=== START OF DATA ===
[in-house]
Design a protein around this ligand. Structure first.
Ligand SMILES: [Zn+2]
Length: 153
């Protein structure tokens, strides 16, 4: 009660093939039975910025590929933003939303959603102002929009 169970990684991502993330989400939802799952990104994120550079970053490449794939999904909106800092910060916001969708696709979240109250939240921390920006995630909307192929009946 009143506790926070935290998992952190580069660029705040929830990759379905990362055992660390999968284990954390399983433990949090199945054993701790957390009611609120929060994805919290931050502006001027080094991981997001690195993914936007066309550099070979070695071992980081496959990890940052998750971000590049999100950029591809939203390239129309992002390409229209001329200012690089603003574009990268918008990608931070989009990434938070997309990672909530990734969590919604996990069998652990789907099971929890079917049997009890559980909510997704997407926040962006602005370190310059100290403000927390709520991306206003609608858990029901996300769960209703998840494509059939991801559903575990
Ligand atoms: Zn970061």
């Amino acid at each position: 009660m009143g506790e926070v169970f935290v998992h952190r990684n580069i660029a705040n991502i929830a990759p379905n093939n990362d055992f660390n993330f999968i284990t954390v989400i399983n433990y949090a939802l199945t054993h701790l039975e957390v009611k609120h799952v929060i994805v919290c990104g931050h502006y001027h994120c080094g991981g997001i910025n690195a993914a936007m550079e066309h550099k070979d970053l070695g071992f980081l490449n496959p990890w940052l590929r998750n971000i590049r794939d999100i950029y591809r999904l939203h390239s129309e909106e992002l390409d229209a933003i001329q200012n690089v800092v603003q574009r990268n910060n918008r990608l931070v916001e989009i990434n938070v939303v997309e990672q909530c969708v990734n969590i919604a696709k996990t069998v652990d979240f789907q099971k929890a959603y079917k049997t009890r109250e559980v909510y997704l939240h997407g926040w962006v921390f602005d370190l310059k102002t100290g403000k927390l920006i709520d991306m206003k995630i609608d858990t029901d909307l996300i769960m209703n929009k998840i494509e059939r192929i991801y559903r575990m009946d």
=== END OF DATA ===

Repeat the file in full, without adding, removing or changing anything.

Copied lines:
[in-house]
Design a protein around this ligand. Structure first.
Ligand SMILES: [Zn+2]
Length: 153
């Protein structure tokens, strides 16, 4: 009660093939039975910025590929933003939303959603102002929009 169970990684991502993330989400939802799952990104994120550079970053490449794939999904909106800092910060916001969708696709979240109250939240921390920006995630909307192929009946 009143506790926070935290998992952190580069660029705040929830990759379905990362055992660390999968284990954390399983433990949090199945054993701790957390009611609120929060994805919290931050502006001027080094991981997001690195993914936007066309550099070979070695071992980081496959990890940052998750971000590049999100950029591809939203390239129309992002390409229209001329200012690089603003574009990268918008990608931070989009990434938070997309990672909530990734969590919604996990069998652990789907099971929890079917049997009890559980909510997704997407926040962006602005370190310059100290403000927390709520991306206003609608858990029901996300769960209703998840494509059939991801559903575990
Ligand atoms: Zn970061």
């Amino acid at each position: 009660m009143g506790e926070v169970f935290v998992h952190r990684n580069i660029a705040n991502i929830a990759p379905n093939n990362d055992f660390n993330f999968i284990t954390v989400i399983n433990y949090a939802l199945t054993h701790l039975e957390v009611k609120h799952v929060i994805v919290c990104g931050h502006y001027h994120c080094g991981g997001i910025n690195a993914a936007m550079e066309h550099k070979d970053l070695g071992f980081l490449n496959p990890w940052l590929r998750n971000i590049r794939d999100i950029y591809r999904l939203h390239s129309e909106e992002l390409d229209a933003i001329q200012n690089v800092v603003q574009r990268n910060n918008r990608l931070v916001e989009i990434n938070v939303v997309e990672q909530c969708v990734n969590i919604a696709k996990t069998v652990d979240f789907q099971k929890a959603y079917k049997t009890r109250e559980v909510y997704l939240h997407g926040w962006v921390f602005d370190l310059k102002t100290g403000k927390l920006i709520d991306m206003k995630i609608d858990t029901d909307l996300i769960m209703n929009k998840i494509e059939r192929i991801y559903r575990m009946d």